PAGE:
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Castle Tor

A Grade II Listed Building in Wellswood, Torbay

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Latitude: 50.4635 / 50°27'48"N

Longitude: -3.5027 / 3°30'9"W

OS Eastings: 293437

OS Northings: 63711

OS Grid: SX934637

Mapcode National: GBR QX.3CLX

Mapcode Global: FRA 37KT.TF1

Plus Code: 9C2RFF7W+CW

Entry Name: Castle Tor

Listing Date: 4 February 2010

Grade: II

Source: Historic England

Source ID: 1393661

English Heritage Legacy ID: 506256

Location: Wellswood, Torbay, TQ1

County: Torbay

Electoral Ward/Division: Wellswood

Built-Up Area: Torquay

Traditional County: Devon

Lieutenancy Area (Ceremonial County): Devon

Church of England Parish: Torquay St Matthias

Church of England Diocese: Exeter

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This list entry was subject to a Minor Amendment on 16 April 2021 to reformat the text to current standards


Castle Tor


Castle Tor. 1928-34. Fred Harrild FRIBA, architect. Later extensions.

MATERIALS: it is constructed of traditional materials: rendered mass wall construction with a slate roof and rendered stack, and some slate-hanging to the gables and walls. The majority of windows have been replaced with uPVC in the late-C20.

PLAN: the house is irregular in plan, with the principal rooms (south-east) overlooking the garden and sea views. The service rooms are to the rear. The entrance hall, with staircase, is to the south-west. An elaborate fight of stone stairs with arches leads to the enclosed entrance courtyard (west).

EXTERIOR: externally, the two-storey house is asymmetrical. A later-C20 single-story extension with large windows and a hipped, slate facia occupies much of the ground floor, supporting an extensive sun-terrace, with wrought iron balustrading. Above, the original slate-hung gables of the cross wings survive. The south-east cross wing retains its wrought iron balcony above the in-filled logia, with rusticated stone piers in-situ. The south-east (courtyard) elevation is little altered. To the south the projecting two-storey porch has a hipped roof and ashlar details to the openings, including a gibbs surround and a moulded drip hood to the entrance. The panelled door is set in a Tudor arch. There is a central, stained-glass staircase window with a Tudor-rose motif. A number of smaller, lancet and single light windows retain their original geometric leaded-lights. To the north a narrow, cross-wing projects, tower-like, with a hipped roof and deep, overhanging, eaves; there is a series of small, single-light, mullioned windows wrapping around its three projecting sides, just below the eaves.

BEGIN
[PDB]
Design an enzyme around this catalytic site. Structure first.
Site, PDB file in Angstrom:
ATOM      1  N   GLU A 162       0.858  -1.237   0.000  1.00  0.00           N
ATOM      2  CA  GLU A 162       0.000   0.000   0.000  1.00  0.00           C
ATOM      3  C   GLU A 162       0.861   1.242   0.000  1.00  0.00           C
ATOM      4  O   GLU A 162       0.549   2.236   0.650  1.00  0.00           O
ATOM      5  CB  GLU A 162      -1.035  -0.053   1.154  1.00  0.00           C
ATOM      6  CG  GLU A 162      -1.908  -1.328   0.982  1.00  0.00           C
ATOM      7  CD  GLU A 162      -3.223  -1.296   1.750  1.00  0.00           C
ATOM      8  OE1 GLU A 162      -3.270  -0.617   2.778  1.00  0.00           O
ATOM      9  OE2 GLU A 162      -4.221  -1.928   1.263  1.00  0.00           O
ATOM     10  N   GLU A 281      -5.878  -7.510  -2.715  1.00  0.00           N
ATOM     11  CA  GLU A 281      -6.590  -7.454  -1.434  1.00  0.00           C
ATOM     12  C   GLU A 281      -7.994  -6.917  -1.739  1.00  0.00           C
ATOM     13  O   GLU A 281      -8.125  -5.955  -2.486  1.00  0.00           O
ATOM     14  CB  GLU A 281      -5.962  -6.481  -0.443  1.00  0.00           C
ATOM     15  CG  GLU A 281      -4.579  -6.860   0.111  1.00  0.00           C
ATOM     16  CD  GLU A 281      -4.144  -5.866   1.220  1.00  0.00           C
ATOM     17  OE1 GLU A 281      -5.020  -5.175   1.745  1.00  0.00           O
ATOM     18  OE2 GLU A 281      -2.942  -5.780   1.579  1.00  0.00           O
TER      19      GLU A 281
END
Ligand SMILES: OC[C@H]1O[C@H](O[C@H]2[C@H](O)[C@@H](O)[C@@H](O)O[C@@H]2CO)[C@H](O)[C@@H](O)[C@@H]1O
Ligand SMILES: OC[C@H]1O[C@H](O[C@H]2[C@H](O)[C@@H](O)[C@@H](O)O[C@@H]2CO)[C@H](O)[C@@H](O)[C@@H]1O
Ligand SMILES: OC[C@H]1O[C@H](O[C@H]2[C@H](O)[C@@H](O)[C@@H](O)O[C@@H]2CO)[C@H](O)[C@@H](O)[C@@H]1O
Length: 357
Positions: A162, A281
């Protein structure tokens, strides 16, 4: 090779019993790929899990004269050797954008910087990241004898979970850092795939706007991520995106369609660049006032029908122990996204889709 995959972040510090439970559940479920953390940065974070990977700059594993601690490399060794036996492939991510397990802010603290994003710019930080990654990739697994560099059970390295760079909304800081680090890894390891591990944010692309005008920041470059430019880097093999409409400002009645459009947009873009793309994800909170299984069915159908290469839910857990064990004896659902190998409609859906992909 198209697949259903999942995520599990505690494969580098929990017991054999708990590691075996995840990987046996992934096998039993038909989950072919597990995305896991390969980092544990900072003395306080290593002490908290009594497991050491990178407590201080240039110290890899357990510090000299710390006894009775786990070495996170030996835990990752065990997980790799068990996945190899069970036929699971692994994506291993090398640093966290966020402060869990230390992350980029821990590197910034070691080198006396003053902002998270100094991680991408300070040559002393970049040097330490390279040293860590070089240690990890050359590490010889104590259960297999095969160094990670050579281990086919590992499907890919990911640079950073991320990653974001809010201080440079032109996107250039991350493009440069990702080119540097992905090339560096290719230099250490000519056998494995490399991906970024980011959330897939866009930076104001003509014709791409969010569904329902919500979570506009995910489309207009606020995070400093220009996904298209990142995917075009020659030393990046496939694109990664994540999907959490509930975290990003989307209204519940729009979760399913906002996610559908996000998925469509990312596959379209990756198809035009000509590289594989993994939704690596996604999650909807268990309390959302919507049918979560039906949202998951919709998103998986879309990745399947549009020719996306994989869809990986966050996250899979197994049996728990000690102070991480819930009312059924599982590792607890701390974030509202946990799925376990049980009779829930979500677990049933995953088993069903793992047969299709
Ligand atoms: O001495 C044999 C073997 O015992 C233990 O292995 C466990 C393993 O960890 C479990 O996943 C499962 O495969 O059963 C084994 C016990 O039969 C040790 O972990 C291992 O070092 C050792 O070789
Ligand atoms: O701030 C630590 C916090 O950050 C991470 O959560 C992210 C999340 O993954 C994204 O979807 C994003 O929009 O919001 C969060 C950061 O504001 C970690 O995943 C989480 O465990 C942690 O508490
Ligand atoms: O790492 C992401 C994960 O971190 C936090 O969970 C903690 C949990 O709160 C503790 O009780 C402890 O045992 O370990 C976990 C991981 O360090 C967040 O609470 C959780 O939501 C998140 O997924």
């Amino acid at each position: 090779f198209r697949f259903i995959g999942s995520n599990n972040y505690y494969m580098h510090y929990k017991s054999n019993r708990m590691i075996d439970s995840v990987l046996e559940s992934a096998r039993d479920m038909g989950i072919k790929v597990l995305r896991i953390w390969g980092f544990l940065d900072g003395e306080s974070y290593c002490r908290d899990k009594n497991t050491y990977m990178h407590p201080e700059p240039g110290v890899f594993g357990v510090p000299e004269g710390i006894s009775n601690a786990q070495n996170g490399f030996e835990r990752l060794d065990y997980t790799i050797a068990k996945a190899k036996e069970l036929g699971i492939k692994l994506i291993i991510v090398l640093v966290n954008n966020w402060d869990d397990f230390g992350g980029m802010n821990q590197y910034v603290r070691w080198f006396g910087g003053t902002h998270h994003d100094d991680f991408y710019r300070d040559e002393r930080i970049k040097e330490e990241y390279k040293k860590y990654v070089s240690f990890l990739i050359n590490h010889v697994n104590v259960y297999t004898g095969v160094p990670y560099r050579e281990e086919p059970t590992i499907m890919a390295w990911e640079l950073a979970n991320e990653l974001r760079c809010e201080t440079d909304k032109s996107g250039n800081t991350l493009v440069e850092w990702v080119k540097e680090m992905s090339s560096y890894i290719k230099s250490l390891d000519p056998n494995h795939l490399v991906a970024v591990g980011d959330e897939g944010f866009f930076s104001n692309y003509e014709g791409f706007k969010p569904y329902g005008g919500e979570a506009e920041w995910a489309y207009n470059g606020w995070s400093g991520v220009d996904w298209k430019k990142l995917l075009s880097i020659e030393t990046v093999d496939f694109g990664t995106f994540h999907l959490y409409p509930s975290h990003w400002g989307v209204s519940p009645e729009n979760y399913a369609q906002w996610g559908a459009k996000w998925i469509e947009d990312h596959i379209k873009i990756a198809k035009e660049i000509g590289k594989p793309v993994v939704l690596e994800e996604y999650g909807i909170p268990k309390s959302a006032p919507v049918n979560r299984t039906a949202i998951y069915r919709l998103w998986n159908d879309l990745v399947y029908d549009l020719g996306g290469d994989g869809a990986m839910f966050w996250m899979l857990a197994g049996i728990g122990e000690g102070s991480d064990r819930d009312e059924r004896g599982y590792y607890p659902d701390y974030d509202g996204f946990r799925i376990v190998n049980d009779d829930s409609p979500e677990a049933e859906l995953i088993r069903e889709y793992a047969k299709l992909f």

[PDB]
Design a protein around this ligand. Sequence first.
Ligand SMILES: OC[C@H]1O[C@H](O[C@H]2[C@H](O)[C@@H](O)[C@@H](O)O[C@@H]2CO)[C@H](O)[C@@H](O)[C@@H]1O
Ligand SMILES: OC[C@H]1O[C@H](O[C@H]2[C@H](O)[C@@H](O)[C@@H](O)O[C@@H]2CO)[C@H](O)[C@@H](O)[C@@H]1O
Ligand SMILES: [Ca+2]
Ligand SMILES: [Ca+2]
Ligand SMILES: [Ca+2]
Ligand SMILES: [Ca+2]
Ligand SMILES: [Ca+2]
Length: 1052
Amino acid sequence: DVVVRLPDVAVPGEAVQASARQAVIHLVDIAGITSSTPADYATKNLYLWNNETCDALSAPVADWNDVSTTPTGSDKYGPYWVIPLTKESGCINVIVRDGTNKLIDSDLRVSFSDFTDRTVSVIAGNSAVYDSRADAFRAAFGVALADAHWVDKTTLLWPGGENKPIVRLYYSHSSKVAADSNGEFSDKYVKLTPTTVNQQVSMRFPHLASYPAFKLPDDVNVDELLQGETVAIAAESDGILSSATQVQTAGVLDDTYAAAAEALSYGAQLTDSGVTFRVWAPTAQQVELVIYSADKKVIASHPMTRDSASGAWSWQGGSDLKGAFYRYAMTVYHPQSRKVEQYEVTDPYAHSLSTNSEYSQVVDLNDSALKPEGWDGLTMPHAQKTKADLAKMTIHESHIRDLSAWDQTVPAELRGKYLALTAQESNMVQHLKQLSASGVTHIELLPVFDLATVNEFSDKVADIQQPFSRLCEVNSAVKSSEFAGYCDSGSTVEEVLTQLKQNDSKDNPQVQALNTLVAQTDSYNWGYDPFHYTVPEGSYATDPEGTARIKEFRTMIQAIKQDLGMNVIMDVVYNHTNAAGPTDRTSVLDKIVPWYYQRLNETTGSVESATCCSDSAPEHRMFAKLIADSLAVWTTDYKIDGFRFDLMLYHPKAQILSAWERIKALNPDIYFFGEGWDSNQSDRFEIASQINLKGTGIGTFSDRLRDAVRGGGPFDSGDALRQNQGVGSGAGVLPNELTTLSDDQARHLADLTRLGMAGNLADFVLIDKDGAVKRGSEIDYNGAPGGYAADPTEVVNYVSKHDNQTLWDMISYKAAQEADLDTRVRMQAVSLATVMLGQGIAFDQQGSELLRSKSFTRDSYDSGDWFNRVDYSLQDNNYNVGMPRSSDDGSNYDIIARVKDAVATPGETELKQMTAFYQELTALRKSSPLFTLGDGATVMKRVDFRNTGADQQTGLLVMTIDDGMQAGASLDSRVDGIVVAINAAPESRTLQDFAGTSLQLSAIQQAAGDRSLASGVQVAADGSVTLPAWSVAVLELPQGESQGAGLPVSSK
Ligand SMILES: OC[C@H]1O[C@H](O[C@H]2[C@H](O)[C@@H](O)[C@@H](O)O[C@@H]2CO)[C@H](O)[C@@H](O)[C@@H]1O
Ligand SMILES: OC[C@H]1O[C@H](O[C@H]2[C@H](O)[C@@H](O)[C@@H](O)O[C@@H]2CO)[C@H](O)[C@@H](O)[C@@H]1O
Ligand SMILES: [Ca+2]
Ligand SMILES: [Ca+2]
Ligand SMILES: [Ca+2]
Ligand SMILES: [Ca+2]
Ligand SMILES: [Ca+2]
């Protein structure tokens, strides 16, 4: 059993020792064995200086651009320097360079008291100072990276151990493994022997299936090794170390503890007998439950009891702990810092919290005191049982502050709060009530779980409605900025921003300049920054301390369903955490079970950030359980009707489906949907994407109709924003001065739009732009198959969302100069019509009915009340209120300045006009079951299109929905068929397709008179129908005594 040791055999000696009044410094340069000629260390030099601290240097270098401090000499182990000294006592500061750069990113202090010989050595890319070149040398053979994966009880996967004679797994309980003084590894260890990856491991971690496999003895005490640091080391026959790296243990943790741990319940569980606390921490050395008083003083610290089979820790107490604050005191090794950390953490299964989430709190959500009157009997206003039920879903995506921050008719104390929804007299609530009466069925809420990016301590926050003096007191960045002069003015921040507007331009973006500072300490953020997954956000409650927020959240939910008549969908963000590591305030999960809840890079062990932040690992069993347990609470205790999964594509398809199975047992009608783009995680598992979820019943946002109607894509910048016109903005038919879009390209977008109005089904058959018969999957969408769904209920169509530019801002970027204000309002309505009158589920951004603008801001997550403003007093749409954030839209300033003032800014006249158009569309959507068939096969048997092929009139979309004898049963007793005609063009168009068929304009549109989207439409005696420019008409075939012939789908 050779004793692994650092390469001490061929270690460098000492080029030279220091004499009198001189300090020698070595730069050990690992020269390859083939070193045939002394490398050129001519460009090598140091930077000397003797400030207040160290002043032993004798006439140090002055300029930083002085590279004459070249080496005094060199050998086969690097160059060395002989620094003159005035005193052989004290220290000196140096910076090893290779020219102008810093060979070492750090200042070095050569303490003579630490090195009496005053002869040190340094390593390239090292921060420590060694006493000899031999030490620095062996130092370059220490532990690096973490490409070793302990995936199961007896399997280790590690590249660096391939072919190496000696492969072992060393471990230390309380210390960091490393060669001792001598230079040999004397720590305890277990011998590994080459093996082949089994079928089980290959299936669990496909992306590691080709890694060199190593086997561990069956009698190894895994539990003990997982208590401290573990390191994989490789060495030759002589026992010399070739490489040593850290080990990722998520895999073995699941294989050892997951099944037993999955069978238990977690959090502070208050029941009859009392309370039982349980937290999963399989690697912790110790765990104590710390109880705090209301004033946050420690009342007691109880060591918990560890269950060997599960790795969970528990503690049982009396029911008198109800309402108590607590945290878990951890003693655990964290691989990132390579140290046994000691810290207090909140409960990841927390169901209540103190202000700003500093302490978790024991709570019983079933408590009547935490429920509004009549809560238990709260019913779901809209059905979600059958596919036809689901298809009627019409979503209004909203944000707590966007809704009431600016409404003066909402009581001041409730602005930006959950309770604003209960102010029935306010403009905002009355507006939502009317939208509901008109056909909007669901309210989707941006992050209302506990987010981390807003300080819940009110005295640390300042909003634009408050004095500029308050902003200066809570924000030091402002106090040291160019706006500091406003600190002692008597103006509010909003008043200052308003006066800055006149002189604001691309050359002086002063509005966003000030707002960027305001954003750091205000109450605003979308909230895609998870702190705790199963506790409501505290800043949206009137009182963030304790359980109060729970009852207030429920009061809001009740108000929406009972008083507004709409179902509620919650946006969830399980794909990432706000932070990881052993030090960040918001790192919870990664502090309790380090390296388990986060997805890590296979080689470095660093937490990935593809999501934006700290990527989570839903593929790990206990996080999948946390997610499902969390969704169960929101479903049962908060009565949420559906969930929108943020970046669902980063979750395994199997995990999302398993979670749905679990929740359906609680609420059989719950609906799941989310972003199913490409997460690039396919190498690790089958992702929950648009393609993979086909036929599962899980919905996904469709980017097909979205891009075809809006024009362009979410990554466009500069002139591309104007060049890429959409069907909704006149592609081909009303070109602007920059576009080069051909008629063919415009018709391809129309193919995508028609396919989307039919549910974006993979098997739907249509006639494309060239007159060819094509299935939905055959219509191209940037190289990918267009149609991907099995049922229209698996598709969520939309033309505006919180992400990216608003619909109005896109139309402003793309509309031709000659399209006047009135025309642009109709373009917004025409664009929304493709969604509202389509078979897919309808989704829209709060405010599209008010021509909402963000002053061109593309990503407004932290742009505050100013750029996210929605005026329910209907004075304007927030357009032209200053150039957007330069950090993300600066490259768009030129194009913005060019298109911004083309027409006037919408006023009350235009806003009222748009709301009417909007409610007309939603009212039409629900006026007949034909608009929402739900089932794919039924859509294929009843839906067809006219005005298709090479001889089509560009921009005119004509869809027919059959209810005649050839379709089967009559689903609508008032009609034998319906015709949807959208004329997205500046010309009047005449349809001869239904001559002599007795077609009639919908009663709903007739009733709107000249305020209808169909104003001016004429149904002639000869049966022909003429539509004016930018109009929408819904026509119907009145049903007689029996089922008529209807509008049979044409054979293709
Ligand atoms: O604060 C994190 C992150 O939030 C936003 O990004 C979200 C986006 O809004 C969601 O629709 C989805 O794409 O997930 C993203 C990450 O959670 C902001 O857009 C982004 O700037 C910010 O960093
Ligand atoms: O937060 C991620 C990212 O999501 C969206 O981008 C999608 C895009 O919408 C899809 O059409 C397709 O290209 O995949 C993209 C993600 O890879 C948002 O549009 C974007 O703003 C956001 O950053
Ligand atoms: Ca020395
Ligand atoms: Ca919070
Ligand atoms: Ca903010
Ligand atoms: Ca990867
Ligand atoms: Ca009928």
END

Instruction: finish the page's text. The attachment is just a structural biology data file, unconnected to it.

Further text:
The east elevation has a large canted-bay window with a steeply pitched, slate-hung, gable-end and timber mullioned windows, with square leaded-lights. To the north of the porch the building steps back, with timber, mullioned windows, with square leaded-lights and fish-scale, slate-hung walls. The rear elevation (north-west) is terraced into steeply rising ground. Castle Tor sits within a Registered Landscape (Grade II) also designed by F Harrild; it contains a number of separately listed buildings and structures.

INTERIOR: the house retains a number of notable features including good quality joinery, a dog-leg staircase with twisted balusters and a stained glass staircase window; and fine burr-wood doors with crystal handles. Some of the timber windows with leaded-lights also survive. Much of the interior plasterwork survives with intricate cornicing and panelling in the principal rooms; alterations have taken place throughout (especially to the former service quarters). An upstairs bathroom retains mosaic decoration.

HISTORY: Castle Tor and the architectural elements of the garden were designed by Fred Harrild, and constructed by a local builder named William Amos Deakin. The rough, steeply-sloping land, overlooking the sea, was formerly part of Lord Holdon's estate and was purchased in the 1920s by Horace Pickersgill, the son of a Leeds bookmaker, who had been advised to winter in Torquay for health reasons: this was the age of the Devon Riviera, when appreciation of Devon's beauty and climate was very high. Harrild, a former pupil of Sir Edwin Lutyens (articled in 1907), became a Fellow of the Royal Institute of British Architects; based for a period in Totnes, he exhibited a number of designs for houses and a garden in Torquay at the Royal Academy between 1929-33. He is acknowledged as a leading practitioner of the late Arts and Crafts movement in Devon. A watercolour of the gardens by Cyril Farey was shown at the 1933 RA. Changes took place to the house in c1980 and in 1998.

Castle Tor sits within a Registered Landscape (Grade II) also designed by F Harrild.

Reasons for Listing

Castle Tor is designated at Grade II, for the following principal reasons:
* Architectural interest: the house, designed by respected Fred Harrild, is carefully and imaginatively designed in an unusually ambitious interpretation of Devon vernacular on a grand scale. Alterations notwithstanding, the house retains external and internal elements of note.
* Group value: the house sits within a registered landscape, containing other listed structures, which constitites an exceptionally ambitious ensemble.
* Representivity: the house and grounds form a notable example of designing for seaside retirement from the inter-war period.

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